Does your autistic child have autism meltdowns at random? Good news: Meltdowns are never for no reason. Autism meltdown triggers are difficult to recognize, but these five tips will help increase your awareness.
How to recognize autism meltdown triggers
Autism meltdowns never happen for no reason or out of nowhere. There are always warning signs before eruption — typically in the form of excessive stimming or twitching. Here’s how to pinpoint your child’s triggers.
1. Consider environmental causes of autistic meltdowns
Has their environment changed recently? Autistic people do not habituate, which means they will not get used to something easily over time.
For example, if a classroom seating arrangement has changed from the typical desk rows, an autistic student is likely to struggle more than their non-autistic peers for the duration of that seating arrangement. This will be obvious when they walk in and take more than a second to find their seat or trip on the way to their seat. Their grades might even drop.
If their environment has not changed significantly, consider more subtle reasons. Non-autistic people do habituate, so they are likely to not notice the teeniest of changes — a lamp, a new noise, etc.
- Are there any new noises or potential distractions? Is a child at school making an annoying noise? Did you add a new item to your home that requires electricity (plug or battery)?
Autistic people can often hear frequencies non-autistic people cannot, like electricity. Noise is a common meltdown trigger.
- Did you change laundry detergents? The new one could be making them itchy or uncomfortable, whether due to skin sensitivity or the scent.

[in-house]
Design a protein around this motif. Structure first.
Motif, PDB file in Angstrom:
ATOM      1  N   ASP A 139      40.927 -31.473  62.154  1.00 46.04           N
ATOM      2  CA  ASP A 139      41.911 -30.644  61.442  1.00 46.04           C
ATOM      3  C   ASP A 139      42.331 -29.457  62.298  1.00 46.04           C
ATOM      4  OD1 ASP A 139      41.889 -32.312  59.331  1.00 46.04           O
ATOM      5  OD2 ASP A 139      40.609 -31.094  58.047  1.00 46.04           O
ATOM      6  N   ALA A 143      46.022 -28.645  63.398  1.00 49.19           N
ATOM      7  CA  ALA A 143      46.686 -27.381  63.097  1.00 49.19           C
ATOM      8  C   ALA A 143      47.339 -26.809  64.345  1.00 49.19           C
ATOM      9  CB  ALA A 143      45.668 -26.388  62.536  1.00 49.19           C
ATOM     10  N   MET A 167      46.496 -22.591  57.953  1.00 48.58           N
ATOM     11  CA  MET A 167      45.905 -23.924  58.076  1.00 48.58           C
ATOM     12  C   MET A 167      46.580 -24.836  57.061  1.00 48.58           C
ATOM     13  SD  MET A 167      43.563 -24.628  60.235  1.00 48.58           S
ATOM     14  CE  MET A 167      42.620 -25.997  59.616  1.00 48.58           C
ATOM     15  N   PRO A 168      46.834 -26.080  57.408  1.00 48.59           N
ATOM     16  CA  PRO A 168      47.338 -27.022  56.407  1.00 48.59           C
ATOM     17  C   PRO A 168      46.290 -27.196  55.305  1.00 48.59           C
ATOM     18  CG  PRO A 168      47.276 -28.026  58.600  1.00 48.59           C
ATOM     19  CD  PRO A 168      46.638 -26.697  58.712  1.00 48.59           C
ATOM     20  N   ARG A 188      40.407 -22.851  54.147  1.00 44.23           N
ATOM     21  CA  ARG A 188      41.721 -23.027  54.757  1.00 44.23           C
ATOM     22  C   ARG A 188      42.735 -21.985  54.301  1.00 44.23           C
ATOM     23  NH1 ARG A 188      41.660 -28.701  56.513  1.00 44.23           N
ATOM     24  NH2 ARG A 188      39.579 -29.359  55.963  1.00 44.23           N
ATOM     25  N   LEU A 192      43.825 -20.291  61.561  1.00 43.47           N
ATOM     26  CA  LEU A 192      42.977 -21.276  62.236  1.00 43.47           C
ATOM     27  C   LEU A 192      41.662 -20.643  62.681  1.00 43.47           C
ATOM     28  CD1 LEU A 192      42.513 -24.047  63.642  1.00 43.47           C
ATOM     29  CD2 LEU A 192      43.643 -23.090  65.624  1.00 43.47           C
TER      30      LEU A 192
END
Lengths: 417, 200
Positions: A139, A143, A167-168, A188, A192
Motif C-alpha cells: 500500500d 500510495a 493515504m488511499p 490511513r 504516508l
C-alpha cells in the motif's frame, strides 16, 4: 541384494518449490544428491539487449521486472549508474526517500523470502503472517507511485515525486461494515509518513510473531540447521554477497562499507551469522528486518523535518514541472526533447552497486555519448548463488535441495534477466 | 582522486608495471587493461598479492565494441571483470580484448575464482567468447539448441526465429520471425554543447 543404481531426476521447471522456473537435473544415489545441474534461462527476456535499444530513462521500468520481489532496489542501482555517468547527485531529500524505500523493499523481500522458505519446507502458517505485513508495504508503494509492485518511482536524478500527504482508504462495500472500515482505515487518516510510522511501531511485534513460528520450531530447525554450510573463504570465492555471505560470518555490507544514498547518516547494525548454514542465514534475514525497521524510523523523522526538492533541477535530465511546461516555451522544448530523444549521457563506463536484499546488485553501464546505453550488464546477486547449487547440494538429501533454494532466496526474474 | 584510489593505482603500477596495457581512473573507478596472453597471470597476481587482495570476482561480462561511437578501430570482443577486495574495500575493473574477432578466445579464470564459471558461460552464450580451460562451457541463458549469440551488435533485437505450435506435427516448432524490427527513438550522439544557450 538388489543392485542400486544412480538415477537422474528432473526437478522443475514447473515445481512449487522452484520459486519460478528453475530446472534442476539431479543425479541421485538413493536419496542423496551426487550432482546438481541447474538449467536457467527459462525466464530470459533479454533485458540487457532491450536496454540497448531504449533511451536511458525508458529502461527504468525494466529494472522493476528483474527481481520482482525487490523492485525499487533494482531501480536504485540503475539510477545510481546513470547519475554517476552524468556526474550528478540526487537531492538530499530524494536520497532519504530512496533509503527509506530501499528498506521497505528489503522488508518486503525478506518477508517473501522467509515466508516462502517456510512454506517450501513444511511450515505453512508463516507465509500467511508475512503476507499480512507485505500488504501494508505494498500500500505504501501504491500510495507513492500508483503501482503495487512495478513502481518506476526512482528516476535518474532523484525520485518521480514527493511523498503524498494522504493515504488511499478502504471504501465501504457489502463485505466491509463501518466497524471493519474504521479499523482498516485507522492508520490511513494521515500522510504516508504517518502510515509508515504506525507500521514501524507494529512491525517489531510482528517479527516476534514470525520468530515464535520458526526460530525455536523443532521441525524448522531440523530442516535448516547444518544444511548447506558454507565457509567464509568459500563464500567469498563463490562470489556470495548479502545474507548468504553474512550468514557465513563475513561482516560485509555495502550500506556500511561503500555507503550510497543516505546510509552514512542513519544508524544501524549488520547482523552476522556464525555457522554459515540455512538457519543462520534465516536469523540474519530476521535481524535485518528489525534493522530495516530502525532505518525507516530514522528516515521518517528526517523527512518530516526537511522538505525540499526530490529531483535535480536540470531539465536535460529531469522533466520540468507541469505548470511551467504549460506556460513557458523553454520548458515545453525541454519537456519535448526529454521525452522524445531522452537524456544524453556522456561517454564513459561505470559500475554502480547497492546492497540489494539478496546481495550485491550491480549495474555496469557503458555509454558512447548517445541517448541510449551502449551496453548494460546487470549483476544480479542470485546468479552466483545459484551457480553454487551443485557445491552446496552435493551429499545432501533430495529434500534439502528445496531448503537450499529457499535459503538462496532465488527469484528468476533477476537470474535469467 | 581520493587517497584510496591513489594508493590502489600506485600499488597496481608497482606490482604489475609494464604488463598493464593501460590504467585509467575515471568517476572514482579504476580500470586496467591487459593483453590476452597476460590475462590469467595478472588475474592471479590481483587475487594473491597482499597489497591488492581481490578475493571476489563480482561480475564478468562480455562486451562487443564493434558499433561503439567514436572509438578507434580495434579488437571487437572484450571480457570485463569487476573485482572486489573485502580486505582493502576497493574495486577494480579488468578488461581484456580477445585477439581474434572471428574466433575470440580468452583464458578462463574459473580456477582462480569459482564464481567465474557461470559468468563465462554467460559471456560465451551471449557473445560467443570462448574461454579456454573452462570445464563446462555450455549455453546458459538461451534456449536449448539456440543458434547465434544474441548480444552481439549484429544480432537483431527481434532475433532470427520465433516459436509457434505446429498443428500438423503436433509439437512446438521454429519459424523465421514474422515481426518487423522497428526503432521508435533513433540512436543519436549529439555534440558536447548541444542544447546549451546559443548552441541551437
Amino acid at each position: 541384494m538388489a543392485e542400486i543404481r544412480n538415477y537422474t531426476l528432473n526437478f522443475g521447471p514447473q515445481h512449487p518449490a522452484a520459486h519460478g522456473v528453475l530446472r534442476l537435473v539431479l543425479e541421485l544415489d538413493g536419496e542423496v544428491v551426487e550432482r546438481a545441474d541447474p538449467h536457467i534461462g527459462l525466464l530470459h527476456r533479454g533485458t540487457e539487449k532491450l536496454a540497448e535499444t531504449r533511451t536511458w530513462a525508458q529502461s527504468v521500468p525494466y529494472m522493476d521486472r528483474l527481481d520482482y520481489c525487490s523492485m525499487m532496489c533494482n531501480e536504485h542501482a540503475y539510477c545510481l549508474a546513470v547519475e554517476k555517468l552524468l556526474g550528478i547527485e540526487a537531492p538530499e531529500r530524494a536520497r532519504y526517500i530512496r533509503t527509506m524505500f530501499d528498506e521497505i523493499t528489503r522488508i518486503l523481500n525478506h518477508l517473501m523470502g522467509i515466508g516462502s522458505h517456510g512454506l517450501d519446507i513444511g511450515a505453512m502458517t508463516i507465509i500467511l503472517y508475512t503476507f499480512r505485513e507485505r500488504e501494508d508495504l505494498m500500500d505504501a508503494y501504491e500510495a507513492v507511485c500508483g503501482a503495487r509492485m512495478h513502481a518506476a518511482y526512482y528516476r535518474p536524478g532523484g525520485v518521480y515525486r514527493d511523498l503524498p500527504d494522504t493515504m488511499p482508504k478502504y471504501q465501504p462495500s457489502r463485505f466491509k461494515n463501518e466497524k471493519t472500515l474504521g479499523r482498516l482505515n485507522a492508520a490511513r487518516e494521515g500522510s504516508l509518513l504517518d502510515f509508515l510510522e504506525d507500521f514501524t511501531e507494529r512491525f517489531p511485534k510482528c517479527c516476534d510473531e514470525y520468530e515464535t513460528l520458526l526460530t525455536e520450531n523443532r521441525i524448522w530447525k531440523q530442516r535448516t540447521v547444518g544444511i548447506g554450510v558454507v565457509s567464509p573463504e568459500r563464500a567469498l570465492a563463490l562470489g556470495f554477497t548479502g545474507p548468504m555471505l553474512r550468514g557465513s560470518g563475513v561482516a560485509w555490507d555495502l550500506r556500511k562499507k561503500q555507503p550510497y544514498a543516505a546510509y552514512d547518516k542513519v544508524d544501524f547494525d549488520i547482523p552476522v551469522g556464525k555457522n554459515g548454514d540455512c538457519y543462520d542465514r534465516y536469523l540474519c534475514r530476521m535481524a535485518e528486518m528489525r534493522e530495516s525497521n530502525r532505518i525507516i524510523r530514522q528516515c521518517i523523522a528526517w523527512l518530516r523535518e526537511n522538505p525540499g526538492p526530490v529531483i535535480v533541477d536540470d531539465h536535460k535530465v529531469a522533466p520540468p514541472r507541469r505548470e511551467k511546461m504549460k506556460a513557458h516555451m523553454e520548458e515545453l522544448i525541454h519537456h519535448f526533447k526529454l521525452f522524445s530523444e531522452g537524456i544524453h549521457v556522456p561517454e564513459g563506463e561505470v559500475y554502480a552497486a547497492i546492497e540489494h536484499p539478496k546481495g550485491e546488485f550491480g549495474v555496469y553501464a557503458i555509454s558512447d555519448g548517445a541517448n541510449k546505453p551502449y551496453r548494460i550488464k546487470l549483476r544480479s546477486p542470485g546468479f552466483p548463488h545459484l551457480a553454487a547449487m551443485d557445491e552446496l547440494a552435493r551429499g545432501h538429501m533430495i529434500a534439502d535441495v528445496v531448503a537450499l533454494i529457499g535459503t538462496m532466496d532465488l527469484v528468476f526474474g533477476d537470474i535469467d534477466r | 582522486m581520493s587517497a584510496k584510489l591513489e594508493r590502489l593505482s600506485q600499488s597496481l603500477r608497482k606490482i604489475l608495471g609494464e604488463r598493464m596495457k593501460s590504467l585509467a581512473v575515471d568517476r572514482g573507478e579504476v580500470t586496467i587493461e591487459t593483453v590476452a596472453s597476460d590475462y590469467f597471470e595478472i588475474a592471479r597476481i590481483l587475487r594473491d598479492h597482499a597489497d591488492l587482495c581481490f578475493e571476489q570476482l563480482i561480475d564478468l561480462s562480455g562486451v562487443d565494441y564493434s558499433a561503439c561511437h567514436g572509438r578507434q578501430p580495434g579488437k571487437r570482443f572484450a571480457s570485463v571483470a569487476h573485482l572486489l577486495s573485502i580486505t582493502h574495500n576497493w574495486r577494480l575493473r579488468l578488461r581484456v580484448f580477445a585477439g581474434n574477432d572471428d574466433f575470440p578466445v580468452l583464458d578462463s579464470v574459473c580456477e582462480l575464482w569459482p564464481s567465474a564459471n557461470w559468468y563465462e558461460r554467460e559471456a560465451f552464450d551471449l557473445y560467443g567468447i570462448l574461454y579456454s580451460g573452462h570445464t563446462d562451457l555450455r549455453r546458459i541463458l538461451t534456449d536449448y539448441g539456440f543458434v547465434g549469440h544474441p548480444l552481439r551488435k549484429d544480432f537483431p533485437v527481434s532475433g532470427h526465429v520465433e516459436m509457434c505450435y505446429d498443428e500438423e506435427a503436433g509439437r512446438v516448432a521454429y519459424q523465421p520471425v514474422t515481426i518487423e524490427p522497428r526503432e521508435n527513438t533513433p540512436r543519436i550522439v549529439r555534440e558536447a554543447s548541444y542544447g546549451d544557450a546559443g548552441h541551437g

- Have they been around more people lately? Increased social interaction can deplete their energy more quickly, thus making them tired. When tired, the ability to accept sensory input and self-regulate is diminished. Simply put, their battery is drained.
Environmental triggers are the most difficult triggers to pinpoint. Unless you are your autistic child, or they know how to put into words their feelings, you might not ever know the environmental trigger.
Even if the meltdowns only happen at school, they could still be caused by something from home and vice versa.
When I cannot pinpoint what triggered a meltdown for me specifically, I label it an environmental cause and isolate myself if I can. I’m lucky to now be self-employed, so I don’t get penalized at a job. All my obligations have to be reduced for a few days.
I was once followed by loss prevention because of my autistic behaviors. This is common for autistic and similarly neurodivergent individuals when we go shopping. After that, I had meltdowns nearly every week when I had to pick up something else from that store. This continued for a month before I recognized the pattern.
Have patience and search for the patterns. Keep a log for yourself and write down every activity your child does if you have to. Make sure you dispose of any paper logs so your child can’t find it — physically take out the trash right then and there if you have to.
2. Look for signs of sensory overwhelm
Sensory overwhelm is one of the easiest autistic triggers to recognize. Your child will stim, or fidget, more than usual.
Autistic stimming is not to be confused with facial tics (Tourette’s) or facial seizures. If they look like an internet modem blinking rapidly to process information, that is not excessive stimming.
Sensory overload can be a mix of direct sensory input and environmental causes. Sensory input includes what you hear, see, feel, smell, and taste.
3. Don’t try to solve autistic meltdown triggers in a day.
Finding meltdown triggers takes time. Stressing yourself out isn’t going to help you pinpoint the meltdown trigger.
- Yes, your autistic child had a meltdown.
- Yes, autistic meltdowns are episodes of emotional distress.
- Yes, your child suffers during them.
No one wants to have an autistic meltdown, but sometimes they can be good. Meltdowns help reset emotions after everything has piled up. There is a feeling of numbness after a meltdown that is cathartic.
Provide a safe space for them where they don’t feel shame after a meltdown, while you analyze their behavior for a cause.
Talk to them about their meltdowns, asking them questions like: